2. The resilient annulus of claim 1 wherein said angle is from 35 to degrees.

3. The resilient annulus of claim 1 wherein said angle is 45 degrees.

4. A resilient annulus for installation between two members adapted to be relatively moved in a direction parallel with the axis of said annulus under varying loads, said annulus being formed by joining the ends of an essentially straight coil spring in which the coils are substantially parallel, the planes of the coils each being inclined at an angle to the axis of said spring and the angle of the coils in said annulus with respect to the axis of said annulus being the complement of the angle of the coils in said spring with respect to axis of said spring to provide a substantially constant resistance to deflection within a given range of deflection under varying loads applied axially of the annulus.

5. The resilient annulus according to claim 4 wherein the angle of the coils in said annulus is between 35 and 55.

References Cited UNITED STATES PATENTS 2,859,033 11/1958 Rose 308189.l 3,053,543 9/1962 Kallin 277l63 X MARTIN P. SCHWADRON, Primary Examiner,

SUSKO, Examiner.

UNITED STATES PATENT OFFICE CERTIFICATE OF CORRECTION Patent No. 3,323 ,785 June 6 1967 Glenn E. Mather or appears in the above numbered pat- It is hereby certified that err rs Patent should read as ent requiring correction and that the said Lette corrected below.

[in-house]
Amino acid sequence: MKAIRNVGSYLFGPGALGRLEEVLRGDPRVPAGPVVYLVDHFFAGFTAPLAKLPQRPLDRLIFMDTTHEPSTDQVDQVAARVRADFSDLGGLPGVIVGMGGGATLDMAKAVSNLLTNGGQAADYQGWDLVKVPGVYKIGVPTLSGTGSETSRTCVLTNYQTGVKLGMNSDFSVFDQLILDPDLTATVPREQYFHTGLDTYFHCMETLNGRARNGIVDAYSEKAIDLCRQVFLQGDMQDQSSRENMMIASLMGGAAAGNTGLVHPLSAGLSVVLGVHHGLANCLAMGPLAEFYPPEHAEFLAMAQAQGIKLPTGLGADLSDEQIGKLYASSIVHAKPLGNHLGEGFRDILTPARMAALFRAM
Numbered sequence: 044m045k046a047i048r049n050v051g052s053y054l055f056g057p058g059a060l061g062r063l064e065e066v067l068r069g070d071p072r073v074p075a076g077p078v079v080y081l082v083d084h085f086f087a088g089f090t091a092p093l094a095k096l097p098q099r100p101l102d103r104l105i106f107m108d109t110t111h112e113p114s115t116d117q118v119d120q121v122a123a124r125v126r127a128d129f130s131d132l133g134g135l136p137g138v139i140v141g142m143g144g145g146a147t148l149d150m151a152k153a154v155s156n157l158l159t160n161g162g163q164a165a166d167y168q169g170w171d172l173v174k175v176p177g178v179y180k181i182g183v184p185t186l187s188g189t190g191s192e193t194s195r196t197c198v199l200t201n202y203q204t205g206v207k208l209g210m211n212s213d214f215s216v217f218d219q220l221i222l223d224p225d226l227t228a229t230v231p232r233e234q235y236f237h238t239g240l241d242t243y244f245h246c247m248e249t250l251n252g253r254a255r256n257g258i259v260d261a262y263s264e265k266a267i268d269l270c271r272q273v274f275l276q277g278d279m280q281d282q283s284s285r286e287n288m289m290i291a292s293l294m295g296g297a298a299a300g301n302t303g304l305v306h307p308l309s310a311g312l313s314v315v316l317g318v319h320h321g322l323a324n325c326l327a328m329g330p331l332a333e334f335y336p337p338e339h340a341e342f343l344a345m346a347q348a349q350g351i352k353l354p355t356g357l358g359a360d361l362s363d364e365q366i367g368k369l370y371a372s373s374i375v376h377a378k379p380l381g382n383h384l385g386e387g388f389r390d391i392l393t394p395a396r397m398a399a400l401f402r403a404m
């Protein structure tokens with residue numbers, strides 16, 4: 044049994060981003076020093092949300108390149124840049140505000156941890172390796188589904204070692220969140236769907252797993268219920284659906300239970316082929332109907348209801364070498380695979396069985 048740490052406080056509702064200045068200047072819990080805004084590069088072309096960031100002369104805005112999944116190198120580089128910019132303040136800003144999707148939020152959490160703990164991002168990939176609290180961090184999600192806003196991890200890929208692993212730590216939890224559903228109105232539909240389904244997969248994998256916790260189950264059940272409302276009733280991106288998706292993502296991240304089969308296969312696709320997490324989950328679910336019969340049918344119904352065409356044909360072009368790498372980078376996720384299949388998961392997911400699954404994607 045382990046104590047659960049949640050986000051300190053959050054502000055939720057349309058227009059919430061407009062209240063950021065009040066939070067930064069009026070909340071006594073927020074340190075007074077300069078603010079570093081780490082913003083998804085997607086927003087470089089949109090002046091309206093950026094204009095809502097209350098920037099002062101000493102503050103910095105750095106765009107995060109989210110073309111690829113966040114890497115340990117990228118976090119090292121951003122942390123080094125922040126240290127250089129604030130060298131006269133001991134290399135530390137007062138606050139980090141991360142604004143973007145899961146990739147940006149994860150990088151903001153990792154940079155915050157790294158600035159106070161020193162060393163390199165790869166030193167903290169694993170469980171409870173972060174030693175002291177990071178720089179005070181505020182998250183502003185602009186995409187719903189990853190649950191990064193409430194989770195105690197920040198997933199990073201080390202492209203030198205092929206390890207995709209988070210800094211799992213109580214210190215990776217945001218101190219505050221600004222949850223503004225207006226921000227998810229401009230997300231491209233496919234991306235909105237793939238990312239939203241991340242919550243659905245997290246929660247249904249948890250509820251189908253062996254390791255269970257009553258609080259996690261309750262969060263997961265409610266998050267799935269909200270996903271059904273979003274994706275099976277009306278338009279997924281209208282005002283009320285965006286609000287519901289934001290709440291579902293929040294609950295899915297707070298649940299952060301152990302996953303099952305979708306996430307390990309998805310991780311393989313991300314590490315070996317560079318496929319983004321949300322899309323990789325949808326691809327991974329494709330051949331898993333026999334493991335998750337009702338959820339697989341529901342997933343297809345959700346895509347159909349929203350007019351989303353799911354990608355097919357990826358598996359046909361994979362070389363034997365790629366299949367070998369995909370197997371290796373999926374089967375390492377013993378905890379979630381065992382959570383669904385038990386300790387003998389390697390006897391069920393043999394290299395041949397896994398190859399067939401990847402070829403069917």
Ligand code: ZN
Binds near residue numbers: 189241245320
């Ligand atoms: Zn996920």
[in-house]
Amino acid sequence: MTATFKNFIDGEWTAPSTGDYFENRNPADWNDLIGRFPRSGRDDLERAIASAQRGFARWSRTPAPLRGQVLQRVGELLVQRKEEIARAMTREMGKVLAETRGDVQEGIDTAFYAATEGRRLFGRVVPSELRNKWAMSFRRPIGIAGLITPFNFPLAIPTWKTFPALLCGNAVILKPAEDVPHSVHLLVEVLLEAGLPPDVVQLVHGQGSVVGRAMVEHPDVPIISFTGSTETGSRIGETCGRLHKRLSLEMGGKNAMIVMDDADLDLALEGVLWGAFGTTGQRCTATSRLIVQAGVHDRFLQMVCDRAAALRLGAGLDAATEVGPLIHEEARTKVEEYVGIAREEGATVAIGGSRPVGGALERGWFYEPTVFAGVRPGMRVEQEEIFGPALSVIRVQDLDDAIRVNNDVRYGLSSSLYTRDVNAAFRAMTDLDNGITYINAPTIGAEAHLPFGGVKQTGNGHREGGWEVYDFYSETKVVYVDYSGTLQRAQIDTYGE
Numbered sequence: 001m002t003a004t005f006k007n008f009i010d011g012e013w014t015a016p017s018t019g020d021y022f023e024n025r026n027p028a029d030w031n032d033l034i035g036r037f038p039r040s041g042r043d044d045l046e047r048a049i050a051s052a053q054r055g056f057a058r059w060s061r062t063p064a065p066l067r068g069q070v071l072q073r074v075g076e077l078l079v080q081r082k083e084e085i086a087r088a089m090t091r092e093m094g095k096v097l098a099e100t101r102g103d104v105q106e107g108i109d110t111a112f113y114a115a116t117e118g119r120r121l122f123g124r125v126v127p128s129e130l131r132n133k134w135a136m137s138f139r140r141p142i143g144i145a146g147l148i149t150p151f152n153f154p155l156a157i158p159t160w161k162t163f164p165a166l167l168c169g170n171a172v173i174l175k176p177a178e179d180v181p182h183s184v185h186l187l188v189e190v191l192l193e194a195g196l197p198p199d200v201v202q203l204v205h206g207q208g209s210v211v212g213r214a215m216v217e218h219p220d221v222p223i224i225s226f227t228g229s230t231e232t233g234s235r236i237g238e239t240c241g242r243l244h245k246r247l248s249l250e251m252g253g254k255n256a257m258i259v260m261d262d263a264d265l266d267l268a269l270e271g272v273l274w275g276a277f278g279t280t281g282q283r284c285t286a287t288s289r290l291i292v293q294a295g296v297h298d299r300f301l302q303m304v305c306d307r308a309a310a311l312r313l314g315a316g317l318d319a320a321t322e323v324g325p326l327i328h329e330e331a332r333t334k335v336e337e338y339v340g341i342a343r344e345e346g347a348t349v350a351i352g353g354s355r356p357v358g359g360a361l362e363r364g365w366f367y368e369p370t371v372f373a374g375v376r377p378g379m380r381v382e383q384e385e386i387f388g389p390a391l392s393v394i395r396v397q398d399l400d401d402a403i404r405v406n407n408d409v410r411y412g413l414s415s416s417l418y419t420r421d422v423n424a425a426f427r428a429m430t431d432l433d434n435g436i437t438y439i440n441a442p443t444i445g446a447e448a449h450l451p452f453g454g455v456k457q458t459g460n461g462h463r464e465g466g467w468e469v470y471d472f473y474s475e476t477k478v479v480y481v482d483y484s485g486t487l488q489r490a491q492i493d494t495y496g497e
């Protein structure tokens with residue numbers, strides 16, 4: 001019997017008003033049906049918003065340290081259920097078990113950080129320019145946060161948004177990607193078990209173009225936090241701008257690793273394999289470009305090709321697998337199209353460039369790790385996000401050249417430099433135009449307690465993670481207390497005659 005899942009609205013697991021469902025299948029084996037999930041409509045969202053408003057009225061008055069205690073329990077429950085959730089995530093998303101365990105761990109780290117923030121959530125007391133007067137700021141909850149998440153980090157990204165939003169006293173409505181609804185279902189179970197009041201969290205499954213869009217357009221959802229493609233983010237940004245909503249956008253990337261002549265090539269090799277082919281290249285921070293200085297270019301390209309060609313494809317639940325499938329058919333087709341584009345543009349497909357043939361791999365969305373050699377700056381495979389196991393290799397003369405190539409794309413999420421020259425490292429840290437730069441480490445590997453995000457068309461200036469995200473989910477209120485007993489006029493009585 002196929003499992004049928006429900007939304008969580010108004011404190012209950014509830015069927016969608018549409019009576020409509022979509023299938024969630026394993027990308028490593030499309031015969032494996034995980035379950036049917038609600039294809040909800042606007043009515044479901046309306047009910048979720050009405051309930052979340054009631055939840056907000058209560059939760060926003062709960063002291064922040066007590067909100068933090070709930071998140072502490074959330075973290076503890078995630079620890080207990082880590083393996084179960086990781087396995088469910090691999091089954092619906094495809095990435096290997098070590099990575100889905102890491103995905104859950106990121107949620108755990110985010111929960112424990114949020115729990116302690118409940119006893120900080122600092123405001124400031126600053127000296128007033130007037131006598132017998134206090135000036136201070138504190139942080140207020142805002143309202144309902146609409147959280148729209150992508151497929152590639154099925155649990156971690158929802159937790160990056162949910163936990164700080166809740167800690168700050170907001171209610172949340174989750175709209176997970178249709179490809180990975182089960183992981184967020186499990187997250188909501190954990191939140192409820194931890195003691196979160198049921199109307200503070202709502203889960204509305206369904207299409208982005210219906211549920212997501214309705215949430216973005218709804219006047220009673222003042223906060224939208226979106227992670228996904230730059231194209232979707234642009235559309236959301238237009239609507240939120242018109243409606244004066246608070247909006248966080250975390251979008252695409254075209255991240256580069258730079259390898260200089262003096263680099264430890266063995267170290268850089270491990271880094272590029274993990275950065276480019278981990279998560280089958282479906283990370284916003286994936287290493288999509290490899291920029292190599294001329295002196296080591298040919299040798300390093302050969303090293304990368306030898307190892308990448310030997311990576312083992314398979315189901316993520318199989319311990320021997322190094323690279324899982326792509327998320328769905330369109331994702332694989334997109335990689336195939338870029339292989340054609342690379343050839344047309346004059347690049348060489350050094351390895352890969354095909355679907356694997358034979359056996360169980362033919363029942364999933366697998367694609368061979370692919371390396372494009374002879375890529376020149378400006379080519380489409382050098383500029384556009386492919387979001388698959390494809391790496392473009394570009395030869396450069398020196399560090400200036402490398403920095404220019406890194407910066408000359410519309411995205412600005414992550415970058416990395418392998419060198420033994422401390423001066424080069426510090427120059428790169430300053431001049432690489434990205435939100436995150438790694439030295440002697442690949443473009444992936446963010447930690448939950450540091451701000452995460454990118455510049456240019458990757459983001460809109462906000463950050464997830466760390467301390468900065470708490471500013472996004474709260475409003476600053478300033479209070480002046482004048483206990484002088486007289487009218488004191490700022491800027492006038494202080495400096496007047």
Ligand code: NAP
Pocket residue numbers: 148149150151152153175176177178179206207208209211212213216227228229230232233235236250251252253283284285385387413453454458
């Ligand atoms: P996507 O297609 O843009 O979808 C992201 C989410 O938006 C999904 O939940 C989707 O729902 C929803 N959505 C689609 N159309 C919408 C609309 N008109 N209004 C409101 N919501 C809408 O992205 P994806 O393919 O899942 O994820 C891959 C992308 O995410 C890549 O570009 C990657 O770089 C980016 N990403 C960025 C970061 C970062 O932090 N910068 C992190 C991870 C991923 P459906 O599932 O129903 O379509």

Column 4, line 20, for "parallel" read normal Signed and sealed this 22nd day of October 1968.

(SEAL) Attest:

EDWARD J. BRENNER Edward M. Fletcher, Jr.

Commissioner of Patents Attesting Officer

Patent Citations
Cited PatentFiling datePublication dateApplicantTitle
US2859033 *Jun 27, 1956Nov 4, 1958Hughes Aircraft CoConstant force applying mechanism
US3053543 *Dec 12, 1960Sep 11, 1962Gen ElectricSealing means
Referenced by
Citing PatentFiling datePublication dateApplicantTitle
US3966183 *Apr 26, 1974Jun 29, 1976David DweckArticle including an endless coil spring
US4655462 *Jan 7, 1985Apr 7, 1987Peter J. BalsellsCanted coiled spring and seal
US4670715 *Apr 24, 1986Jun 2, 1987Caterpillar Inc.Frictionally supported gear tooth sensor with self-adjusting air gap
US4826144 *Apr 25, 1988May 2, 1989Peter J. BalsellsInside back angle canted coil spring